Sunday, October 28, 2018

Gangneung week the third, October 21-28, 2018

Plenty of productive, scruffy habitat along the Namdae River
Samgak chamchi kimbap on my favourite river rock - an important mid-walk ritual

Wildlife stairs in Gyeongpo Lake Park
Wildlife stairs in an adjacent farm field
My friendly neighbourhood Red-billed Starling flock (+2 Chinese Grosbeak)
Eastern Great Tit Parus minor 
Tree Sparrow Passer montanus
Stejneger’s Stonechat Saxicola stejnegeri
An odd female Daurian Redstart Phoenicurus auroreus with
muted wing patches and overall scruffy plumage - young bird?
skulky Black-faced Bunting Emberiza spodocephala
spot the Buff-bellied Pipit Anthus rubescens
Japanese Pygmy Woodpecker Dendrocopos kizuki
(Let's hope a Japanese princess doesn't steal this image...)
Whooper Swan Cygnus cygnus
Little Grebe Tachybaptus ruficollis
Eurasian Coot Fulica atra
Rook Corvus frugilegus
Whiskered Tern Chlidonias hybrid
Whiskered Tern Chlidonias hybrid
Whiskered Tern Chlidonias hybrid
Ussuri Mamushi Pitviper Gloydius blomhoffi
Praying Mantis sp.
  Dynamic turnover here on the lovely Gangwon coast, with new personal Gangneung firsts on every day out. Some of the breeding species that I saw in early October are gone, and the feeling is one of less migrants on the move of late. I’m getting a better feel for the resident species, as well as the birds that call this corner of the province their winter home. My Gangneung list has almost cracked 100, and my ‘house list’ is also creeping up - I should eclipse my 2013 Seogwipo apartment list (26) soon. But who’s keeping lists, eh?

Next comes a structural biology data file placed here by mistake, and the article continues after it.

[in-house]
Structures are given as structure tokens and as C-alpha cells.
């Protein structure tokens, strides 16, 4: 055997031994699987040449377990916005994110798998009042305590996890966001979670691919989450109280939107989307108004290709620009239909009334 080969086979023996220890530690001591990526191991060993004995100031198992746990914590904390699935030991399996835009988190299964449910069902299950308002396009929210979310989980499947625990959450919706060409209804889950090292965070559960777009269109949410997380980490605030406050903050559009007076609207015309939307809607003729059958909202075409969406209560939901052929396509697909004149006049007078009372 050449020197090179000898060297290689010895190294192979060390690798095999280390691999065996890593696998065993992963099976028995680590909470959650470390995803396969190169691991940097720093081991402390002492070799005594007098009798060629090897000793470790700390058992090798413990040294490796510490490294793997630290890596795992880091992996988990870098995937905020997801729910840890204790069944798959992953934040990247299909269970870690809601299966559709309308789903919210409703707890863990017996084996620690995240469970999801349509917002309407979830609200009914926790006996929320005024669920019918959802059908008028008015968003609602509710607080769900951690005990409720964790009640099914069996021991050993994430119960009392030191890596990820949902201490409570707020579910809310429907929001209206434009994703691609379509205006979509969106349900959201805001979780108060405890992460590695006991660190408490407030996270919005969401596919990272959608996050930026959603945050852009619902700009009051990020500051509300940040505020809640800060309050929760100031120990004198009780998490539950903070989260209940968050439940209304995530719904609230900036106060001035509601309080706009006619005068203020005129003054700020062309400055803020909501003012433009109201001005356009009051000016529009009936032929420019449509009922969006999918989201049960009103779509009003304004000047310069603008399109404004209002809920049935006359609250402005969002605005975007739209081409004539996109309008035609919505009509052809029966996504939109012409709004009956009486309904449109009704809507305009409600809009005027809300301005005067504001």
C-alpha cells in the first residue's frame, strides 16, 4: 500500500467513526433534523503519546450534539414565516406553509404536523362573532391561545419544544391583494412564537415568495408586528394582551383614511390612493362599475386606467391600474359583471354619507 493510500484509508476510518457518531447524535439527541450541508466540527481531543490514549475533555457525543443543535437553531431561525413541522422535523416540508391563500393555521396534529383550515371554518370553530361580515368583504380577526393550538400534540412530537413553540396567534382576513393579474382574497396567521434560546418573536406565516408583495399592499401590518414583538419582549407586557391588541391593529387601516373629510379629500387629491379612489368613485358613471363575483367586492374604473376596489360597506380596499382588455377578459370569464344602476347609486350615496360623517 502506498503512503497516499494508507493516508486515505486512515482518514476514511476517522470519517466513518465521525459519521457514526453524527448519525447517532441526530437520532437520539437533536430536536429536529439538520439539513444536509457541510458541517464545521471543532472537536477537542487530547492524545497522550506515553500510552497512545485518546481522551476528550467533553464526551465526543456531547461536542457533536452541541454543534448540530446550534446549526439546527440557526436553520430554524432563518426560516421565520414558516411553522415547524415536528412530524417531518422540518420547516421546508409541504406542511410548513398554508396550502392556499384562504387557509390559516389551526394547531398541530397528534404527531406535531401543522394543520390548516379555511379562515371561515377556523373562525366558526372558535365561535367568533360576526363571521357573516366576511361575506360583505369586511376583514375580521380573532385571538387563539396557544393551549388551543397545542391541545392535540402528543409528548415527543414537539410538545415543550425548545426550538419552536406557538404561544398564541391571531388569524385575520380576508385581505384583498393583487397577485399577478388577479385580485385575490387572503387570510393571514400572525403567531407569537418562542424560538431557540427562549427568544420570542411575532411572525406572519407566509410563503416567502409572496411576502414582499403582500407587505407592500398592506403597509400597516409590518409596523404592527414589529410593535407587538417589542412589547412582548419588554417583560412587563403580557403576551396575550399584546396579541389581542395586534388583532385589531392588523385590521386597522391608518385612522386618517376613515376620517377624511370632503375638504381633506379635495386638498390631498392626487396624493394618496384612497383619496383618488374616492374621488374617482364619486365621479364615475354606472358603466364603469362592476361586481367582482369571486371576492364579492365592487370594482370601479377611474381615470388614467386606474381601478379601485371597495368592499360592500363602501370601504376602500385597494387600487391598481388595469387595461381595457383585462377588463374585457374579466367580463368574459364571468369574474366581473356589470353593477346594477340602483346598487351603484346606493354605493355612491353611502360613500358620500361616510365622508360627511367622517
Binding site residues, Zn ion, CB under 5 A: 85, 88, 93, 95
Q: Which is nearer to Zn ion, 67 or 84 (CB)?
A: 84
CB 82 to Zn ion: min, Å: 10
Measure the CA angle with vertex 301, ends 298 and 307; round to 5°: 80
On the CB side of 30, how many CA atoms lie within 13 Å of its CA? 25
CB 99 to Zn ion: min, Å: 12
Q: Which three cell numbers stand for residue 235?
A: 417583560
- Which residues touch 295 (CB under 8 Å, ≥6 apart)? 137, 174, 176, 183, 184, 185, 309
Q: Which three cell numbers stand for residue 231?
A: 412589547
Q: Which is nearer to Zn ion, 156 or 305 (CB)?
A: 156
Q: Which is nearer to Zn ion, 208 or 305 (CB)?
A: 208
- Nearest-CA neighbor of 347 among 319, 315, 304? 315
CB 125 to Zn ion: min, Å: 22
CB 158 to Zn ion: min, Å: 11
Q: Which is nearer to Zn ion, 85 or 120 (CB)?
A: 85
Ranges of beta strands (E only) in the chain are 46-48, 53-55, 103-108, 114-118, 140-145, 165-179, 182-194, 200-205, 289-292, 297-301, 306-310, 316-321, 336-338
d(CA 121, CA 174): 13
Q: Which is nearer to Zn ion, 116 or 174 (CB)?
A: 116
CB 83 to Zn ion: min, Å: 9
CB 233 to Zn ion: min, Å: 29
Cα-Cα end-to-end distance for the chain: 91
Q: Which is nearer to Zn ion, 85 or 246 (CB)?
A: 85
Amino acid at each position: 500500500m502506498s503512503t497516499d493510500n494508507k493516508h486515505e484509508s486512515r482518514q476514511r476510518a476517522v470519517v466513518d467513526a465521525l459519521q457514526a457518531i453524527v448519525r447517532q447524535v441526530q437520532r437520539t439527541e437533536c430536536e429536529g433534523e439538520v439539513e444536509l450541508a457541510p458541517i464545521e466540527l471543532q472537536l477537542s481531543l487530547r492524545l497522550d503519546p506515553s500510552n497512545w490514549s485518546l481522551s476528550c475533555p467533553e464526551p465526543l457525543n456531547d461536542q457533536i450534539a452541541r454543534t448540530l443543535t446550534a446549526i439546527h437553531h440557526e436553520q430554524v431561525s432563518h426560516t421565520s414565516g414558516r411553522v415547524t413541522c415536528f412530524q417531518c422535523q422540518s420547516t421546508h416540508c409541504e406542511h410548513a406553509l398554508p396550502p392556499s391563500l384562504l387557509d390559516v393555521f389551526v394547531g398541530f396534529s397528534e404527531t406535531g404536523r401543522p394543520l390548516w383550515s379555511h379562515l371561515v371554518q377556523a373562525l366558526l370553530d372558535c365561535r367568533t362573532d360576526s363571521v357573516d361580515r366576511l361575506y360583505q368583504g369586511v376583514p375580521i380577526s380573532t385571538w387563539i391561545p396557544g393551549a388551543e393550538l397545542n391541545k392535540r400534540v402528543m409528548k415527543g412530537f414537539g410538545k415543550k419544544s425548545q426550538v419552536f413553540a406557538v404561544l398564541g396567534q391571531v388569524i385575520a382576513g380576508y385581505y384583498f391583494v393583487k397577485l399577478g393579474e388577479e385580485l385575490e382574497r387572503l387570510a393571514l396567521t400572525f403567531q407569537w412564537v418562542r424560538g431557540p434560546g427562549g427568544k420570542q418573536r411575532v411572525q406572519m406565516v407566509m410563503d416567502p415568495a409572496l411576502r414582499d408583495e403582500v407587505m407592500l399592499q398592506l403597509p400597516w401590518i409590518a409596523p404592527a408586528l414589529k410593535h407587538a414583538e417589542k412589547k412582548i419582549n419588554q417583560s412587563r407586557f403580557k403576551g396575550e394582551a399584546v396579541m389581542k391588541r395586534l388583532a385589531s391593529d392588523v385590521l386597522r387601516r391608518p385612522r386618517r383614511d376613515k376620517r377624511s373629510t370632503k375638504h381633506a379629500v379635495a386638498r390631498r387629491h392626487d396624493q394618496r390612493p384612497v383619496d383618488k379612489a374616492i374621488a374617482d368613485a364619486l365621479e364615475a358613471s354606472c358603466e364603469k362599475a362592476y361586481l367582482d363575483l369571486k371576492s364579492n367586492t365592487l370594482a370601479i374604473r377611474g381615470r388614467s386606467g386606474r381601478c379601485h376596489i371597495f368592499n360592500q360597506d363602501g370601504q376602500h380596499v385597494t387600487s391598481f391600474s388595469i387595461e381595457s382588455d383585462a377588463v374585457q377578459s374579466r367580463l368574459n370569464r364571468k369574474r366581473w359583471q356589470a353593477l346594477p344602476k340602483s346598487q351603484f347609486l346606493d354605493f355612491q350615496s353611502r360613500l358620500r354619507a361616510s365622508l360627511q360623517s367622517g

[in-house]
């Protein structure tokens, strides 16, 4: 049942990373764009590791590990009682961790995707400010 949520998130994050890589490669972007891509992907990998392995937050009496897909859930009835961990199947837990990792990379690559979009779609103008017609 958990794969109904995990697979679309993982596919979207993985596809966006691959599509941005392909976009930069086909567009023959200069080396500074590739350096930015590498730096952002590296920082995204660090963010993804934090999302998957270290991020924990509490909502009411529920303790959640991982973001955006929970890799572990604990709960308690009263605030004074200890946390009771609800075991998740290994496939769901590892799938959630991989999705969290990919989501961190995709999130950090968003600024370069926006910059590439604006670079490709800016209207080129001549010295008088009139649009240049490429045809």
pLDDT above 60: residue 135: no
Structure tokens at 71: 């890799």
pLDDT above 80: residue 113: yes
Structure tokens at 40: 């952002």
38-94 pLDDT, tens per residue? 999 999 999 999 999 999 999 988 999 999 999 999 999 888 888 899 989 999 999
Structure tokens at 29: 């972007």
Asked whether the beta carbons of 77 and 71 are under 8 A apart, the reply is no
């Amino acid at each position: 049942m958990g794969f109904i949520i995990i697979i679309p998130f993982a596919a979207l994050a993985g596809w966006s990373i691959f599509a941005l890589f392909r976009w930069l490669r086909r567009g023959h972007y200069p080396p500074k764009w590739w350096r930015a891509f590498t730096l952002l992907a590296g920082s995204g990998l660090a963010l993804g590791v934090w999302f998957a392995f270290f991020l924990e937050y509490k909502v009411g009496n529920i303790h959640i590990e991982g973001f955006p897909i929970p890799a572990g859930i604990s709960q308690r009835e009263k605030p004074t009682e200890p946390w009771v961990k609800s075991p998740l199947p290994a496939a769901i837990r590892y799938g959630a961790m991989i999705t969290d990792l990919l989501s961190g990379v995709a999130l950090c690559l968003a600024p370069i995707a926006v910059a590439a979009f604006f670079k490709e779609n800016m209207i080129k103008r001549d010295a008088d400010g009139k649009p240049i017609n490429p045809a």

A three-hour exploratory walk west along the Namdaechon on October 21 turned up very little of interest, apart from a fat little Ussuri Mamushi Pitviper. I ended up in the middle of literal nowhere, and I had to get creative when it came to getting back to town. That’s all part of the fun though, innit?
  On that note, I probably won’t be getting a motorcycle, or even a bicycle, this time round. No wheels is a bit sad, but the habitat here just doesn’t justify it. Unlike Suncheon, it’s not a ‘drive there and walk in a big circle’ type of place. The two main patches, the Namdae River and Gyeongpo Lake, both demand a lot of linear walking to check all the birdy nooks and crannies. Whereas at first I was doing both in a single day, as I find more of those nooks in each spots, I’ve split the two spots up into separate days now, to better scour each properly (and not blow my legs out!).
  On October 26, Younghwan introduced me to some of the nice folks that work at Gyeongpo Lake, and we shared coffee and bird gossip. I noticed the ditches in and around the lake feature ‘wildlife stairs,’ which allow small creatures to escape the concrete deathtraps – nice to see, let’s hope they catch on. A young Northern Goshawk and another Amur Falcon stood out.
  The following day at the lake, two Whooper Swans and two Whiskered Terns were personal Gangneung firsts.
  On October 28, a walk along the river went from sunny to gloomy and rainy, then back again. Starting to really understand and enjoy the habitat along the river, which cuts the town in half. I live in the southern bit, with the farmers. The day was notable for its clean air and clear water – loads of fish in the river. Gangneung firsts were a Long-billed Plover, Green Sandpiper, Black-faced Bunting, probable Ochre-rumped Bunting, and Long-tailed Rosefinch, all along the Namdaechon.
  What else? I thought I knew few things about terns…terns out I didn’t. See what I did there? Bunting variety is picking up, which is awesome because I loves me my skulkers. Other than a few Dusky Thrushes, the same can’t be said about thrushes yet. Not even a single Pale Thrush! Hoping for more species of thrush soon.
  Or should I say ‘spices of thrush,’ as Younghwan does. I think that is adorable, and I may use it from now on instead of ‘species.’ Younghwan is an awesome dude, for real.
  In other news, there’s an annoying squeak in the rigging of my camera bag that haunts my perambulations, but it seems to bring out the buntings, so I’m not fixing it.

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